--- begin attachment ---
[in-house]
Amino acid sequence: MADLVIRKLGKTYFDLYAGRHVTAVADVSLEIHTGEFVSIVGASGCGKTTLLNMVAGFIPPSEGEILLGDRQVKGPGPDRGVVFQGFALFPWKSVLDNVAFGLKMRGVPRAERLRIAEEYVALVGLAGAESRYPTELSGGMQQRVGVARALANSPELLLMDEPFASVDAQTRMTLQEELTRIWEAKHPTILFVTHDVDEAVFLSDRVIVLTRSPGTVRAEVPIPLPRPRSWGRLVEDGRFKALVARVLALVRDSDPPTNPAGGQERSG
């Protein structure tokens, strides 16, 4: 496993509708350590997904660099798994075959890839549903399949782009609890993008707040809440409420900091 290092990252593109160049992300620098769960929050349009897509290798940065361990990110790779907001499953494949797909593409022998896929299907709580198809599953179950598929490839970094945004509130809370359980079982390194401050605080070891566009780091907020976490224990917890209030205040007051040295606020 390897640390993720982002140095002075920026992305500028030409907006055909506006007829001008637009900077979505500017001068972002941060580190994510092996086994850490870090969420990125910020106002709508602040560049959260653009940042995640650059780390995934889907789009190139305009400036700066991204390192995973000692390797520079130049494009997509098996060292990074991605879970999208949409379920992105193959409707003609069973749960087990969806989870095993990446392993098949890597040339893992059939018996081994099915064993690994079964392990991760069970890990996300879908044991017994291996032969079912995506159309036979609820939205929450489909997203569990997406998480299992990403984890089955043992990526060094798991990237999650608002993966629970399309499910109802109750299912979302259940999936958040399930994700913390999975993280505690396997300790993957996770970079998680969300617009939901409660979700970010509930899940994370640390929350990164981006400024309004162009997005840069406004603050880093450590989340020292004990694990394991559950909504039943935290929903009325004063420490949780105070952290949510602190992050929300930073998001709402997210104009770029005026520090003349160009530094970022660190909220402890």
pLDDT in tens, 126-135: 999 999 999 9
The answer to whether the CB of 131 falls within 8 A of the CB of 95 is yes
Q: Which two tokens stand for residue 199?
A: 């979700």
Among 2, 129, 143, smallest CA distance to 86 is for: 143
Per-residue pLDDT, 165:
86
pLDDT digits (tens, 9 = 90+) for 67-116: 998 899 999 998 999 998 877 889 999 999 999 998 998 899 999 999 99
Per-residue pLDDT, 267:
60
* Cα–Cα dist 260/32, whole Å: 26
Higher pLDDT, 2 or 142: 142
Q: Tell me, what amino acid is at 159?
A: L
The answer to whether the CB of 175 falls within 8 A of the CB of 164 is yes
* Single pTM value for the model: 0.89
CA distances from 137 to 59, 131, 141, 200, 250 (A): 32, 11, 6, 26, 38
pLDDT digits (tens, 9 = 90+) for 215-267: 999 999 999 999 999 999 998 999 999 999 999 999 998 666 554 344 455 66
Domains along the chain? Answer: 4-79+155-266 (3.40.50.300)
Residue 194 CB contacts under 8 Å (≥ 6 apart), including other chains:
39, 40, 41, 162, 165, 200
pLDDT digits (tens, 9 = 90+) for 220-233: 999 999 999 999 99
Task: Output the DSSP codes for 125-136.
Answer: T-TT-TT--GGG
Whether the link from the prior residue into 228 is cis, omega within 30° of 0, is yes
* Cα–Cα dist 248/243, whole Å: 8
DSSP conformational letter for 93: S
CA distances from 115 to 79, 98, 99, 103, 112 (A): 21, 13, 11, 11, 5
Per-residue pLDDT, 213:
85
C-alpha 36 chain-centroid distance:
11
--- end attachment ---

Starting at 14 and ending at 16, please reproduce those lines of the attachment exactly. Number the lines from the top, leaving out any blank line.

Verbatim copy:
* Cα–Cα dist 260/32, whole Å: 26
Higher pLDDT, 2 or 142: 142
Q: Tell me, what amino acid is at 159?